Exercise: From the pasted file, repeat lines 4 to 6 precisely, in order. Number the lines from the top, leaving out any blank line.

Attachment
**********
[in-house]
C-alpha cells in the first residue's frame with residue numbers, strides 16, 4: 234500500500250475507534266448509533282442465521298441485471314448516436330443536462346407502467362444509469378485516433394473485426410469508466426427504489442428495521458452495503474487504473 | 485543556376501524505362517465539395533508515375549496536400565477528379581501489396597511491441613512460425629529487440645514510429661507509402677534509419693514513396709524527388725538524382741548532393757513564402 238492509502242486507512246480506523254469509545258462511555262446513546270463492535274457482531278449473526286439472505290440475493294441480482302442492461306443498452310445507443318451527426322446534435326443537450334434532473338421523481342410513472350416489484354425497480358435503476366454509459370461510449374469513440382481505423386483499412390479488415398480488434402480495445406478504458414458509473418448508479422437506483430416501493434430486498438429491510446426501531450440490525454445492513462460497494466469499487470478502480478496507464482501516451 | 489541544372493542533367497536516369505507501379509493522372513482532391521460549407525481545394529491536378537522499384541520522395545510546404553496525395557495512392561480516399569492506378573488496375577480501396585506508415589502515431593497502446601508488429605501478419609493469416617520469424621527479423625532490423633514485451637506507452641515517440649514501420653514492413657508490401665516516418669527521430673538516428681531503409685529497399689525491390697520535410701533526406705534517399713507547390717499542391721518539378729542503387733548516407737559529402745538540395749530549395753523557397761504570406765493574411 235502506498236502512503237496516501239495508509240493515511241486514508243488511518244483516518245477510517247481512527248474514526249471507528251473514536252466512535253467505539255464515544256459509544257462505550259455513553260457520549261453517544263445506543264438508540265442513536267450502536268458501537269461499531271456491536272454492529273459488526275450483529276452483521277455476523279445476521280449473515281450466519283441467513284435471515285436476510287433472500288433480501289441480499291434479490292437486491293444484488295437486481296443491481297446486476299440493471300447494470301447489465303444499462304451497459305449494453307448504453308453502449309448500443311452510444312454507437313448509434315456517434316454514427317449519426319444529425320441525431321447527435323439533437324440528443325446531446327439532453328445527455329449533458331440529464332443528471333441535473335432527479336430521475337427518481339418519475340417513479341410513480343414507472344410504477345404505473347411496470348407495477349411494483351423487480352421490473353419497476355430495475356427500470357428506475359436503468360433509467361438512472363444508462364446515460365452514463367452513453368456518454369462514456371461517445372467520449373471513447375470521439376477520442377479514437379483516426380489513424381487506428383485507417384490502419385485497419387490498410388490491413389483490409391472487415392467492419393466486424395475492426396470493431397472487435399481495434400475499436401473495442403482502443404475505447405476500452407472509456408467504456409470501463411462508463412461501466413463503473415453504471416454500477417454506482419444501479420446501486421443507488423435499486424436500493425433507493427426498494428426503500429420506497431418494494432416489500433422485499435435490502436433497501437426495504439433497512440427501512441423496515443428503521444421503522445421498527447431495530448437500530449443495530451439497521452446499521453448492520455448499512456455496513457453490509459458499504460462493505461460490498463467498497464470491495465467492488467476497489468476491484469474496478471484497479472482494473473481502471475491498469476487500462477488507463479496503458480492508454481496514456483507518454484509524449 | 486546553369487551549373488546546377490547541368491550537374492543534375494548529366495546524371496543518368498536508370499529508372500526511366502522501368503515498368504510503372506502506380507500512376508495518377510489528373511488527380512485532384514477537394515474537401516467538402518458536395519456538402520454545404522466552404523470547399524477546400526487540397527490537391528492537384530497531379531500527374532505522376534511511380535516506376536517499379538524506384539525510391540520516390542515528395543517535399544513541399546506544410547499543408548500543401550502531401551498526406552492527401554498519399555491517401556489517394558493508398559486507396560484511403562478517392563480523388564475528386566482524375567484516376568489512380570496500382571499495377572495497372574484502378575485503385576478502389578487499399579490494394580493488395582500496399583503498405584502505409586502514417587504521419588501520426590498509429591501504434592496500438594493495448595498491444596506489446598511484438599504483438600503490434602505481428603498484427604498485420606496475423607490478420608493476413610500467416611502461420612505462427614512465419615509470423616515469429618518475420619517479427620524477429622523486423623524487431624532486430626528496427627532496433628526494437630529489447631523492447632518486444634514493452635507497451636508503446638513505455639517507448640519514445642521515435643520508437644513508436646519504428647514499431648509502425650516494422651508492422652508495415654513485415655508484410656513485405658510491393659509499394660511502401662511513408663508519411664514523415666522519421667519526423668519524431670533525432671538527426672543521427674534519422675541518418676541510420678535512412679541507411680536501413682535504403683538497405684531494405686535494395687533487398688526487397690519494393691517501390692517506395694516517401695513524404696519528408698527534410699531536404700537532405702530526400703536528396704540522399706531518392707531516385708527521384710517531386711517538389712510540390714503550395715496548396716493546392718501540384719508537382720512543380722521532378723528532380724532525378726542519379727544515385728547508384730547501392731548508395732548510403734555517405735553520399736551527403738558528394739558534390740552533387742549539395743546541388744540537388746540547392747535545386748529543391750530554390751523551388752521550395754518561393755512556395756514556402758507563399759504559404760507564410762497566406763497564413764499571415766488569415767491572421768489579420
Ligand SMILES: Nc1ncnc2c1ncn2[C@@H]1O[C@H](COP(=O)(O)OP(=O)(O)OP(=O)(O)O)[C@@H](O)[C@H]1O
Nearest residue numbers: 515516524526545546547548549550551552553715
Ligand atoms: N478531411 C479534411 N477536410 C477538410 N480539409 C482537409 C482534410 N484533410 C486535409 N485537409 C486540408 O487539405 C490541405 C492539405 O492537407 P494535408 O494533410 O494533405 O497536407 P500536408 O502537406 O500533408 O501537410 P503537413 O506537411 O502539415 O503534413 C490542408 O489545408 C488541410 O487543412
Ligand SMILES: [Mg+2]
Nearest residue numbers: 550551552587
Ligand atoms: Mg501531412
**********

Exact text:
Nearest residue numbers: 515516524526545546547548549550551552553715
Ligand atoms: N478531411 C479534411 N477536410 C477538410 N480539409 C482537409 C482534410 N484533410 C486535409 N485537409 C486540408 O487539405 C490541405 C492539405 O492537407 P494535408 O494533410 O494533405 O497536407 P500536408 O502537406 O500533408 O501537410 P503537413 O506537411 O502539415 O503534413 C490542408 O489545408 C488541410 O487543412
Ligand SMILES: [Mg+2]